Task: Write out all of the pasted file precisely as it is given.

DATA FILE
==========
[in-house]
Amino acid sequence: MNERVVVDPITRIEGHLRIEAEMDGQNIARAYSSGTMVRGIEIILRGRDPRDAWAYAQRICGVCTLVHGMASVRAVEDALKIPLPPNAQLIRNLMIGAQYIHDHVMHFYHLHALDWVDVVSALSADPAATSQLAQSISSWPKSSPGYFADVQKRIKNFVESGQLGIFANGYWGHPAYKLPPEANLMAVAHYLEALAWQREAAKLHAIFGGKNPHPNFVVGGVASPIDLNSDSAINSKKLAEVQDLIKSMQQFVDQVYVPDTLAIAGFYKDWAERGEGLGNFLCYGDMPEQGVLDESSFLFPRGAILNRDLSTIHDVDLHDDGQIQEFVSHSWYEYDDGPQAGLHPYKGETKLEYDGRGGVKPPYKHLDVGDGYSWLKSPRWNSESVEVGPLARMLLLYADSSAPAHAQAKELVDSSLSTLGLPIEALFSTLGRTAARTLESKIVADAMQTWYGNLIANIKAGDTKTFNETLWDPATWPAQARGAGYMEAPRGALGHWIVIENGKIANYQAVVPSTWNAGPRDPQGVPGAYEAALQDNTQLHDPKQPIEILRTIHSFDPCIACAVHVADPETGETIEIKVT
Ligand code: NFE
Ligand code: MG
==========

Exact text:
[in-house]
Amino acid sequence: MNERVVVDPITRIEGHLRIEAEMDGQNIARAYSSGTMVRGIEIILRGRDPRDAWAYAQRICGVCTLVHGMASVRAVEDALKIPLPPNAQLIRNLMIGAQYIHDHVMHFYHLHALDWVDVVSALSADPAATSQLAQSISSWPKSSPGYFADVQKRIKNFVESGQLGIFANGYWGHPAYKLPPEANLMAVAHYLEALAWQREAAKLHAIFGGKNPHPNFVVGGVASPIDLNSDSAINSKKLAEVQDLIKSMQQFVDQVYVPDTLAIAGFYKDWAERGEGLGNFLCYGDMPEQGVLDESSFLFPRGAILNRDLSTIHDVDLHDDGQIQEFVSHSWYEYDDGPQAGLHPYKGETKLEYDGRGGVKPPYKHLDVGDGYSWLKSPRWNSESVEVGPLARMLLLYADSSAPAHAQAKELVDSSLSTLGLPIEALFSTLGRTAARTLESKIVADAMQTWYGNLIANIKAGDTKTFNETLWDPATWPAQARGAGYMEAPRGALGHWIVIENGKIANYQAVVPSTWNAGPRDPQGVPGAYEAALQDNTQLHDPKQPIEILRTIHSFDPCIACAVHVADPETGETIEIKVT
Ligand code: NFE
Ligand code: MG